The recently published monograph is dedicated, on the one hand, to aspects of the dancers' work with a specific focus on dance research, particularly in the early years, before their marriage in 1919. That was a time at which Munich was the creative centre in which both of them worked, a place where Alexander Sacharoff aroused attention as the first man to perform in solo at concert venues, thereby clearly demonstrating an androgynous manner that became the talk of the town, and when a young girl began to make her contribution to the development of modern dance and was greeted with thundering applause. On the other hand, this publication also examines their connections to the many artists with whom they were befriended for the first time. Alexander began by studying art in Paris and had come to Munich on the advice of his friend Moissey Kogan in 1905. He became a close friend of other Russian artists, such as Alexej von Jawlensky, Marianne von Werefkin, Wassily Kandinsky, Alexander Mogilewsky and Wladimir von Bechtejeff and joined the Neue Künstlervereinigung München in 1909. It was out of this group that the Blauer Reiter was ultimately to go forth. In a process of direct artistic exchange with almost all of the prominent members of this group, he found his calling as a dancer within their circle. As Jawlensky remembered in 1937: "In those days we were always together and he visited us almost every day. We discussed his entire training together. I always watched how he danced. He also knew and understood my art very well." Kandinsky reports on a period in which both of them collaborated with the composer, Thomas von Hartmann, on a synaesthetic work of art: "The musician chose a series of works from among my water colours that seemed to him to be the clearest in terms of their musicality. Before the dancer joined us, he played this watercolour. When the dancer joined us, the piece of music was played for him, and he transformed it into dance, he was then supposed to guess which of the watercolours it was, that he had danced."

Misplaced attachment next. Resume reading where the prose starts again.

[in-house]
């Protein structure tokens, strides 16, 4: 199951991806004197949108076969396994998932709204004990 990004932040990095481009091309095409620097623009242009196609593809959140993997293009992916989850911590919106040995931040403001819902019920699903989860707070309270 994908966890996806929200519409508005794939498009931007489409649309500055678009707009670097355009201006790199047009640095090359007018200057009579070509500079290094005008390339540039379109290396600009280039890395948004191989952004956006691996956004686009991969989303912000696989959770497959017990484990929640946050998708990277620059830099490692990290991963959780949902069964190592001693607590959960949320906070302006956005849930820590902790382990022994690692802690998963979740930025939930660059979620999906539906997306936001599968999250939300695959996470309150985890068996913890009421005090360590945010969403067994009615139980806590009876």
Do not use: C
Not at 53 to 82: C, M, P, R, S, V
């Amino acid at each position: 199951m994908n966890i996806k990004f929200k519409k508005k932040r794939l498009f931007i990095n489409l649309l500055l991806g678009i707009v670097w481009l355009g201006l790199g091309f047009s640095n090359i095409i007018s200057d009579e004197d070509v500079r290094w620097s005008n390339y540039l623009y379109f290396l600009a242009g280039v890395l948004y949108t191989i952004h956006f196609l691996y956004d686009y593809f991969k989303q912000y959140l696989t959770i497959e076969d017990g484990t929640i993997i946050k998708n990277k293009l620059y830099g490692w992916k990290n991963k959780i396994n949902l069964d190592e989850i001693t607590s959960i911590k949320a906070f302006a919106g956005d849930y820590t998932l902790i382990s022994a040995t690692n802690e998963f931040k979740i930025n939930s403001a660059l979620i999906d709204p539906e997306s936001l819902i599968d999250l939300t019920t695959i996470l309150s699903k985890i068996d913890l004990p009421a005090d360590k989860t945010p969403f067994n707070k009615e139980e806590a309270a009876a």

Clotilde also had close contacts to artists. The sculptor Georg Kolbe wrote to her in 1916: "To me you are undoubtedly the foremost female dancer in Germany. Up until today I could not have imagined that there were any such dancers among us." She also served as a model for the sculptor Hermann Haller, and concerning her friendship with Jawlensky she wrote in her unpublished memoirs that "Jawlensky enjoyed putting make-up on me. He painted a red circle on my forehead and a heavy brown line down the length of my nose. I resembled one of his famous heads."

The publication of the new book, the exhibition staged in Bremen, Cologne and Munich, the forthcoming development of the Sacharoffs' bequest at the Deutsches Tanzarchiv Köln / SK Stiftung Kultur and the websites should aid dance scholars in documenting the lives, work and artistic milieu of these two fascinating dancers, and to make them well-known to the posterity.